We live in an unequal world so long as “working mom” is an expression and “working dad” isn’t—which is why Bill and Melinda Gates aren’t taking it for granted that their daughters will have an easy time juggling their careers with family.
“What I always tell my daughters is that I hope they will do both—I hope they will figure out how to balance a family life and how to balance the work piece in, and I guarantee you they’re already thinking about it,” Melinda Gates told Quartz in a recent interview.
“My 19-year-old, she’s already saying, ‘Ok, well, this career would mean I’d, you know, have to have my husband do this part at home and do that.’ I mean, they’re thinking about this already when they go to college and as they go through college.”
If being the daughter of one of the world’s wealthiest, most influential couples does not spare a 19-year-old woman the awareness that she’ll have to demand certain cooperation from her partner, stand her ground, and make deliberate career choices if she wants both a profession and a family, then truly no one can make the presumption that duties at home will be shared equally or that work-life balance will ever come easily.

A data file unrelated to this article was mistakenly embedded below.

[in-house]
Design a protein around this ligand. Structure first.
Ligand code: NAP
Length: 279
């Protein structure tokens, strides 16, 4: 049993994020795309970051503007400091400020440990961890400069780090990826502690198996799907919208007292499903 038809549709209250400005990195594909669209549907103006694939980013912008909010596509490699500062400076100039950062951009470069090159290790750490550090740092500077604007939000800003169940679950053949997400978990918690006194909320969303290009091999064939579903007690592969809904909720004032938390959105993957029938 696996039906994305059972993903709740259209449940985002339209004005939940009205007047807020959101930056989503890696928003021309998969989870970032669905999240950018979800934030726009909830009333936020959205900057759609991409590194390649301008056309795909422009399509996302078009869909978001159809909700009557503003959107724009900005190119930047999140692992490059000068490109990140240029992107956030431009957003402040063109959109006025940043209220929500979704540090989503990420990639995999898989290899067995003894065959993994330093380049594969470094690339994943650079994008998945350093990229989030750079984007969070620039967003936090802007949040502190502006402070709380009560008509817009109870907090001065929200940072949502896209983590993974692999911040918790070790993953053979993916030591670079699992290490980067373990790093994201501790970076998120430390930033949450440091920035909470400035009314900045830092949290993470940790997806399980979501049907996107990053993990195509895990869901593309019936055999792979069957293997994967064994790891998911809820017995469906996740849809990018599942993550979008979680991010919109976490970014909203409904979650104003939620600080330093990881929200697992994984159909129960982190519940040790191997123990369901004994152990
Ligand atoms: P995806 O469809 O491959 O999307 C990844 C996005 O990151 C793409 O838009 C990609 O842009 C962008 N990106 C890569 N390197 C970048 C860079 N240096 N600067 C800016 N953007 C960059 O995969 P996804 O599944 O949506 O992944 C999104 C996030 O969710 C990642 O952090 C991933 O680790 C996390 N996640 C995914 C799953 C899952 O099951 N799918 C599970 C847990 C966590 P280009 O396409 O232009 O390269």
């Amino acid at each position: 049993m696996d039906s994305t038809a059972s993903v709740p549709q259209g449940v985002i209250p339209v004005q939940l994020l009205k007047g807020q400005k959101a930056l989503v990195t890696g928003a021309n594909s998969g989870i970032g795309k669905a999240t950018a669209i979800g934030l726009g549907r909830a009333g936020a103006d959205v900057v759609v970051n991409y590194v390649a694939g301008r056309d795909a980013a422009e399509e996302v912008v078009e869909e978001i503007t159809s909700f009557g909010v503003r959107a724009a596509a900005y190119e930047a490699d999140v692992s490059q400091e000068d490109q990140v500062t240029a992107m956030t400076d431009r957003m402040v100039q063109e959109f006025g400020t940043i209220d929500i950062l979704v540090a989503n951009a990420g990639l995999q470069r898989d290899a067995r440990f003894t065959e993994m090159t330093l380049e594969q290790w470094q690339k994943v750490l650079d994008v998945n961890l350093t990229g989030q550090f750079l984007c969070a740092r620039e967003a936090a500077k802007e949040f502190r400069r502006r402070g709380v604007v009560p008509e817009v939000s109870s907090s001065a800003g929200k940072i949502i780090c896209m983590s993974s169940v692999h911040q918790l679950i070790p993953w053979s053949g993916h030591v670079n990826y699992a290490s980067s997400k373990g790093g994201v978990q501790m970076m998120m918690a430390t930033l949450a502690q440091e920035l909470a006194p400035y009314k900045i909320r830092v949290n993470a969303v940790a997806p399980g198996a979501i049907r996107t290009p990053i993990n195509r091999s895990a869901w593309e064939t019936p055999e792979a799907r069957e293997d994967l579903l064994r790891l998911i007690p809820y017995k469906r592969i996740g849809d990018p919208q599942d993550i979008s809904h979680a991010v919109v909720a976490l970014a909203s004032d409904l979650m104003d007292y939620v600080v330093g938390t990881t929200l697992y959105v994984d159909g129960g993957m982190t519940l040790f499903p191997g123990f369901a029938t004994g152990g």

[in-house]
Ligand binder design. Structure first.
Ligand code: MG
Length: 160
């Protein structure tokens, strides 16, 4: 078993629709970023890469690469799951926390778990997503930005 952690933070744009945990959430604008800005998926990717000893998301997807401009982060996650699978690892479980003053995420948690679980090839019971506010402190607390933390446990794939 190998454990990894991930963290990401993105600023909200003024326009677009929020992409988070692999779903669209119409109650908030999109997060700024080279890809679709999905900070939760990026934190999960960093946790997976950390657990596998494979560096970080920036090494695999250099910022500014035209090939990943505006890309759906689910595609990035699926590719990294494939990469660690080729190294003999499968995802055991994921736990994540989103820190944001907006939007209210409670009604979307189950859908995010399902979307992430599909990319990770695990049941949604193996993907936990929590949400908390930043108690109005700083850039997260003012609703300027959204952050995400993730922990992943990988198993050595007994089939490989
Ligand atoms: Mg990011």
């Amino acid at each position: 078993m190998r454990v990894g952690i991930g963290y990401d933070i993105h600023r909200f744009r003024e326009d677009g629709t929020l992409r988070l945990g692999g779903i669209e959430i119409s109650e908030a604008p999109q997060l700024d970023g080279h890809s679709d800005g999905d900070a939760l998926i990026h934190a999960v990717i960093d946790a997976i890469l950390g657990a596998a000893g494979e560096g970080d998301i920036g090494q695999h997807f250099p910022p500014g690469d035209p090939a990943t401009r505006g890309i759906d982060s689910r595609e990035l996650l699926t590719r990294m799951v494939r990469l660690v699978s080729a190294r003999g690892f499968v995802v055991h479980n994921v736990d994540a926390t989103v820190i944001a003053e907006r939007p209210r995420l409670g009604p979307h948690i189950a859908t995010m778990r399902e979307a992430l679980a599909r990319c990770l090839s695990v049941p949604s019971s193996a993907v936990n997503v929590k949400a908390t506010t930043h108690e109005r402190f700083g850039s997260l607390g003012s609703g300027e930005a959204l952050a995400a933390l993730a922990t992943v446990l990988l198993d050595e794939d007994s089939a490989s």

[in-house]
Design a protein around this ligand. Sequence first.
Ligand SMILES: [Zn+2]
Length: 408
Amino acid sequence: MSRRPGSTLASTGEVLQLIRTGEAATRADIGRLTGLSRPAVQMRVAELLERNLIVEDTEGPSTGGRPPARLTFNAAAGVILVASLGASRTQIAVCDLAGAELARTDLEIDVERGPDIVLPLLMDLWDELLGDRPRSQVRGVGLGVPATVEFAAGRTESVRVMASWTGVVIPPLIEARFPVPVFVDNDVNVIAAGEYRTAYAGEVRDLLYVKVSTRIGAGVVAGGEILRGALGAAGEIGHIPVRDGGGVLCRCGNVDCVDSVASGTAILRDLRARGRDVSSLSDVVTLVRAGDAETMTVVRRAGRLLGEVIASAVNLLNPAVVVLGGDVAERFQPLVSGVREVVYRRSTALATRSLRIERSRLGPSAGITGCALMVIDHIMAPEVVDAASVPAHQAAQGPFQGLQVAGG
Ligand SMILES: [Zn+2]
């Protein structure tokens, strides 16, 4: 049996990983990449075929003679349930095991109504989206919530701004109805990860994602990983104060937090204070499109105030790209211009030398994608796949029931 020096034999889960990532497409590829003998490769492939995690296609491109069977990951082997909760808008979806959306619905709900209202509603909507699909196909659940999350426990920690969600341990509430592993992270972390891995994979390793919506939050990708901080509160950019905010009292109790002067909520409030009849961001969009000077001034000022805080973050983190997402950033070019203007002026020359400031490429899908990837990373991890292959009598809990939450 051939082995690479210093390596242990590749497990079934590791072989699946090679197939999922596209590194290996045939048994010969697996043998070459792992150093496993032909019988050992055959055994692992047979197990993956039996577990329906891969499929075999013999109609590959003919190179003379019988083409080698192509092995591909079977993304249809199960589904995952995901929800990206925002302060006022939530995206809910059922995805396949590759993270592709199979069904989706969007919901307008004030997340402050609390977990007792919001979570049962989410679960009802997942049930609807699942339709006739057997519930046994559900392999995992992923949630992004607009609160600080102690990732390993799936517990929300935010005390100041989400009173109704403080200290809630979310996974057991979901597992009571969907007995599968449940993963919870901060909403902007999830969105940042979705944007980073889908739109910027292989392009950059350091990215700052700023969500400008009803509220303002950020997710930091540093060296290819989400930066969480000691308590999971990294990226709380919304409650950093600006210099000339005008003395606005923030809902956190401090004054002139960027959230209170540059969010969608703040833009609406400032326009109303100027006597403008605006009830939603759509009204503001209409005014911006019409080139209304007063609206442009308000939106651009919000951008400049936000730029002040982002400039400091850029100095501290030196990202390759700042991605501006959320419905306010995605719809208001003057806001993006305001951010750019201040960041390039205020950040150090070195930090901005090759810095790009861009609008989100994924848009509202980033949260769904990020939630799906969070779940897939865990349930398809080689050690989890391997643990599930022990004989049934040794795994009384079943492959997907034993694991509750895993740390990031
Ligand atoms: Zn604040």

But Gates says her daughters are seeing, in the examples of those around them who were able to share family duties more evenly than previous generations did, “what that balance is like and how you can craft a life.” And that balance, as many women have realized by now, is more about being able to slip into whatever identity one wants to at a given moment (woman, wife, mother, daughter, friend, professional) than it is about having it all, all the time.
Gates’ concept of “crafting a life” conveys well the continuous negotiation that even this new generation of young women will have to entertain with their partners, and society. While it’s likely that no 19-year-old boy is actively thinking of what he’ll need his wife to do, if he wants to be a father someday, more young women are at least finding they have a relatively larger margin in such negotiation. There are more possibilities and new support systems that should make it easier—even if only gradually, and in frustratingly tiny increments—for a woman to shape her future on her own terms.